How Do Selected Art Historians, Art Critics and Art Philosophers Explain Pierre Huyghe’s Work as ‘Art’?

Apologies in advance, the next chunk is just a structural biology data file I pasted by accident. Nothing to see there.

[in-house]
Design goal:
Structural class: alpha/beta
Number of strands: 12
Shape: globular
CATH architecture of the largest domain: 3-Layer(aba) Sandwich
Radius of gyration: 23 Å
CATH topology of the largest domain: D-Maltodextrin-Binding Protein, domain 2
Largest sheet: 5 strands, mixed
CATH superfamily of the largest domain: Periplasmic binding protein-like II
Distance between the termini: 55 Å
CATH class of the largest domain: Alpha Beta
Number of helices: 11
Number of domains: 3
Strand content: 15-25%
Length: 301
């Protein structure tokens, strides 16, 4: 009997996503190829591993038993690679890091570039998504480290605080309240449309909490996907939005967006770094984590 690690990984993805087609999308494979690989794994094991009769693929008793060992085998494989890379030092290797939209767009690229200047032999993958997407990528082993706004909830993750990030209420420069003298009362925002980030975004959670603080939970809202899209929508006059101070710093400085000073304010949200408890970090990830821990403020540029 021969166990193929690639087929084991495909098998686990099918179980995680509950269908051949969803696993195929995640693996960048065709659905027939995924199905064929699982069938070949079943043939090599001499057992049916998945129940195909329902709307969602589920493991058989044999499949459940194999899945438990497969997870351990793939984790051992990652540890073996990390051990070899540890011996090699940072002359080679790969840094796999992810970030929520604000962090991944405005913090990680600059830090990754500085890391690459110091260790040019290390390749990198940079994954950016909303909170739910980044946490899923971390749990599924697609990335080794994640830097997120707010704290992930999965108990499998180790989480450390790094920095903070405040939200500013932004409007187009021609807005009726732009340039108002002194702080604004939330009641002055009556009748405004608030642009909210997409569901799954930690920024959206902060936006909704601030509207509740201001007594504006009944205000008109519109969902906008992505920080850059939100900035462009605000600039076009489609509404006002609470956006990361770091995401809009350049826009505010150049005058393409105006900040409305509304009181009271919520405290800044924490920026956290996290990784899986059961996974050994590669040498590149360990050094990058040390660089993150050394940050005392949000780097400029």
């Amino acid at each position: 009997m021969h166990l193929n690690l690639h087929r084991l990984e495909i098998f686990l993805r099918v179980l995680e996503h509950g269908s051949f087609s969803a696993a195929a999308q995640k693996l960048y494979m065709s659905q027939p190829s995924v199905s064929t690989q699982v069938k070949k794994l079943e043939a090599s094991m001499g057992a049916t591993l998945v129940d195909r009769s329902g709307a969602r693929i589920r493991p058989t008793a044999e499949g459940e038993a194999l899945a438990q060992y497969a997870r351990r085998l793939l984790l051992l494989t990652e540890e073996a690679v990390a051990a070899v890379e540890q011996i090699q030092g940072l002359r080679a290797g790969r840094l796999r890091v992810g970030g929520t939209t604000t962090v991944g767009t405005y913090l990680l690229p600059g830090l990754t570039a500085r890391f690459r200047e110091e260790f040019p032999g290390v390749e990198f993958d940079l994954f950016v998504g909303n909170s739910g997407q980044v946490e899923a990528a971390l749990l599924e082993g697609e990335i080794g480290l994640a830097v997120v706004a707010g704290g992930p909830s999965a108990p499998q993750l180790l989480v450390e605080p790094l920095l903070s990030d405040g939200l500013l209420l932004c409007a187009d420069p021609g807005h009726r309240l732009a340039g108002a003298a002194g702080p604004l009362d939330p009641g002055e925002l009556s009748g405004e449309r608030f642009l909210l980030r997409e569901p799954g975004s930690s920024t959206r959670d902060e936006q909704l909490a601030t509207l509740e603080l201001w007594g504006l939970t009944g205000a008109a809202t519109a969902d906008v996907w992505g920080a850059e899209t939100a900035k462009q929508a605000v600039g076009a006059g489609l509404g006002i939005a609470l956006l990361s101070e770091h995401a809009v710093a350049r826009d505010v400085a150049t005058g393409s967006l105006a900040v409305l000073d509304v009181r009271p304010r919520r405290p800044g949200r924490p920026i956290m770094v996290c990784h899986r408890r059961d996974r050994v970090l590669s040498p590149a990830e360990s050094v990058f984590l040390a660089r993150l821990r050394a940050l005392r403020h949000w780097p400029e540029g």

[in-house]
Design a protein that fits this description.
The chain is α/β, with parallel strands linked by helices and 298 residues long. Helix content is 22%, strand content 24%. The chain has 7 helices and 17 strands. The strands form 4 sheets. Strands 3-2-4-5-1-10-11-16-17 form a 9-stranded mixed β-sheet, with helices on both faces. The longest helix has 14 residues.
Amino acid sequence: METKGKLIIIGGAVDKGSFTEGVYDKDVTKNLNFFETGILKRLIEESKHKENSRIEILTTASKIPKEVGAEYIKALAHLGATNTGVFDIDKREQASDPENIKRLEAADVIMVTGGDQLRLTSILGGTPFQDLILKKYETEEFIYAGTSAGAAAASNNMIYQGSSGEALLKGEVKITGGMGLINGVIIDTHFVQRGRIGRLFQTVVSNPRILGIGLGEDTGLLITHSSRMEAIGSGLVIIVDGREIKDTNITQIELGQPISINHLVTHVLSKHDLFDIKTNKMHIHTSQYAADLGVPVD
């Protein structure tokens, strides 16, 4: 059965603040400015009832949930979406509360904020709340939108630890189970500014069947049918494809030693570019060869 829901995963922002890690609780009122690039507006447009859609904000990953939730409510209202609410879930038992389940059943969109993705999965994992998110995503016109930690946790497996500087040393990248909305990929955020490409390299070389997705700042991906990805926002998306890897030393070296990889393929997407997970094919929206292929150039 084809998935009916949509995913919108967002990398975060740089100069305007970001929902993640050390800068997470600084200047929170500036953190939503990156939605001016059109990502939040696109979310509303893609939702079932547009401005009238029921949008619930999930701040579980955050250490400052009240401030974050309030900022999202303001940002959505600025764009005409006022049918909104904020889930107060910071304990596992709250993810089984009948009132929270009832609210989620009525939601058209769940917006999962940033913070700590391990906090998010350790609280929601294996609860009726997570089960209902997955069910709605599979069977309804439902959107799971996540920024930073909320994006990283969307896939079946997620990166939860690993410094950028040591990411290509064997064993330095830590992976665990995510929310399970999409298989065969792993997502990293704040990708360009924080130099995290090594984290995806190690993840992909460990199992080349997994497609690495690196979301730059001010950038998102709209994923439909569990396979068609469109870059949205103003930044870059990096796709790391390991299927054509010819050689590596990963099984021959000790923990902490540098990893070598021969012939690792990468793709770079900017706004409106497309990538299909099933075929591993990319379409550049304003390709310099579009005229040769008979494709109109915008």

The dissertation places French conceptual artist Pierre Huyghe (born 1962) in an art history context that has as its background contemporary art as enabled by the work of Marcel Duchamp. The dissertation recognises that Huyghe’s work has inherited from the 1960s phenomenon identified by Arthur C. Danto whereby almost anything can be called art. However, there is evidence that Huyghe has not inherited from the Duchampian tradition, as his contemporary Damien Hirst has. The dissertation submits that the art institution made up of art critics, art philosophers and art historians within which Huyghe works regards Duchamp’s art as a central phenomenon in art history. However, this institutional line is something which Huyghe sets out to work against, and as a result, his particular conceptual art requires the backing of a particular kind of art writing, which rejects the art theory rhetoric and discourse found, for example, in catalogues accompanying exhibitions by Damien Hirst. The dissertation notes that Huyghe sets out to disrupt the traditional museum context and applies the theory of Michel Foucault and Mikhail Bakthin, among others, in order to do so. As such his artwork appears particularly complex and may seem opaque to recipients of his art who are unware of his works’ conceptual background. As a result, the works under examination in the dissertation require the backing of rather intellectualised texts if they are going to be comprehended fully according to Huyghe’s intentions.